A high station it was for so young a man, for his twenties were not yet behind him, and the pride of his heart, its holding.
Therefore, life was a living wine to Anders McElroy, and the small world of his post a kingdom. And into it, with that travel-tired band of venturers from Rainy Lake, had passed a princess.
Not yet did he know this,—not for many days, in which he looked from the factory door among the women, singling out one who wore no brilliant garment, yet whose shining head drew the eyes of the men like a magnet.
Slowly speech grew among them, very slowly, as if something held back the usual comment of the trappers, concerning this Maren Le Moyne.
“Look you, Pierre,” ventured Marc Dupre to Pierre Garcon, as they beached their canoe one dusk after a short trip up the river; “yonder is the young woman of the strong arm. A high head, and eyes like a thunderous night,—Eh? Is there love, think you, asleep anywhere within her?”
Whereat Pierre glanced aside under his cap to where Maren hauled up the bucket from the well, hand over hand, with the muscles slipping under her tawny skin like whipcords.
“Nom de Dieu!” ejaculated Pierre under his breath; “if there is, I would not be the one to awaken it and not be found its master! It would be a thing of flame and fury.”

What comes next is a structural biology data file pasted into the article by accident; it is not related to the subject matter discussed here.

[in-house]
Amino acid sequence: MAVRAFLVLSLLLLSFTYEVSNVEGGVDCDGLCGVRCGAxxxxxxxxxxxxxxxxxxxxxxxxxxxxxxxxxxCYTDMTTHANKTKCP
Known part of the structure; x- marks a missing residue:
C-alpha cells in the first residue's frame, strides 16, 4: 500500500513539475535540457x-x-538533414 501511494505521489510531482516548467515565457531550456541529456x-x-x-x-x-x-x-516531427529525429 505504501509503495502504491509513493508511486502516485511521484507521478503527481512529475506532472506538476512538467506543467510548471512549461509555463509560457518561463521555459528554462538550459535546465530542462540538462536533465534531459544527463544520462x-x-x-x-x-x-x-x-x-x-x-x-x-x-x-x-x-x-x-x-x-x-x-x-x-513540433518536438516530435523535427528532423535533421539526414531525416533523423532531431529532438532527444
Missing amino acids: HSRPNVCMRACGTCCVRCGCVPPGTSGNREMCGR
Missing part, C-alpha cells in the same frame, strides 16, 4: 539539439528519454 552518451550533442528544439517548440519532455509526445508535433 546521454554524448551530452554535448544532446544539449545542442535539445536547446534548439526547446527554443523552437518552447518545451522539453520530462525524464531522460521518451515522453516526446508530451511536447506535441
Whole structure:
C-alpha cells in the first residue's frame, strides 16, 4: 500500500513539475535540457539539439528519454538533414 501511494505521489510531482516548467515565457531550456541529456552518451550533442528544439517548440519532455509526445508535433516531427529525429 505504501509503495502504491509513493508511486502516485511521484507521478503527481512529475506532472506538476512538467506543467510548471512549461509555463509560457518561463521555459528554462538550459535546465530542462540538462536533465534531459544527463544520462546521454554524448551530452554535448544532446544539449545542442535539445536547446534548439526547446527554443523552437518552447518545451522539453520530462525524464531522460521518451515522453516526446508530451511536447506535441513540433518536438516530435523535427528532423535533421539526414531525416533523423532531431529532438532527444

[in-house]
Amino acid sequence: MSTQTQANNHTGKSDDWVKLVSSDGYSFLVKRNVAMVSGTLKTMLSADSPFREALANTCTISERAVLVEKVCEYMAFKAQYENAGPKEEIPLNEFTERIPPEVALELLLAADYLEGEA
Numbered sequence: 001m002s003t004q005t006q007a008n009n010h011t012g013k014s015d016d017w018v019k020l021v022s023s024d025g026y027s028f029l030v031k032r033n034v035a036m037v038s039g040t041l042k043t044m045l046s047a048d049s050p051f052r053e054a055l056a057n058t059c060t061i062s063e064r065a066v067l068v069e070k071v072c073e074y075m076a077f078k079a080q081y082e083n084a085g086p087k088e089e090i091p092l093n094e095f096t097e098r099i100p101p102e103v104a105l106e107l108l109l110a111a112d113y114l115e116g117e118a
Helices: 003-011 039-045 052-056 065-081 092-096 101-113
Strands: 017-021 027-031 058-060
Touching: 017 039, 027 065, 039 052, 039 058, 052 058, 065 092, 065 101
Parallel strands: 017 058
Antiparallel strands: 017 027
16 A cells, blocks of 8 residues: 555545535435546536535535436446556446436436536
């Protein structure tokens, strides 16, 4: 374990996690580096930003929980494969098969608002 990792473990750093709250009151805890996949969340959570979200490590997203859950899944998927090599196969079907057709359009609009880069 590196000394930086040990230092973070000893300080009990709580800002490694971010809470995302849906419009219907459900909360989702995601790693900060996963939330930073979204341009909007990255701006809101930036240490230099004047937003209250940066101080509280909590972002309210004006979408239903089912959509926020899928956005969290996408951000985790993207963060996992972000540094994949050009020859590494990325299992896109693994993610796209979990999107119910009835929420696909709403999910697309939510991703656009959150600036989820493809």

“Ah!” laughed the other, “but I would. It would be, past all chance, a thing to remember, howe’er it went! But it is not like that you or I will be the one to wake it. Milady, though clad in seeming poverty, fixes those disdainful eyes upon the clouds.”
The work of raising the new cabins went forward merrily. Every one lent a hand, and by the end of May the new families were installed and living happily. In that last house near the northeast corner of the post dwelt Henri and Marie Baptiste and Maren Le Moyne.
A goodly place it was, divided into two rooms and already the hands of the two sisters had fashioned of such scant things as they possessed and dared buy from the factory on the year’s debt, a semblance of comfort.
In the other cabins the rest of the party managed to double, each family taking one of the two rooms in each, and the women at least drew a sigh of content that the long trail had at last found an end, however unstable of tenure.
“Ah, Maren,” said Marie Baptiste, sitting on the shining new log step of her domicile, “what it is to have a home! Does it not clutch at your heart sometimes, ma cherie, the desire for a home, and that which goes with it, the love of a man?”
She raised her eyes to the face of Maren leaning above her against the lintel, and they were full of a puzzled question.
Maren answered the look with a swift smile, toying lightly with a fold of the faded sleeve rolled above her elbow.
“Home for me, Marie, is the wide blue sky above, the wind in the tossing trees, the ripple of soft waters on the bow of a canoe. For me,—I grieve that we have stopped. Not this year do we reach the Land of the Whispering Hills.”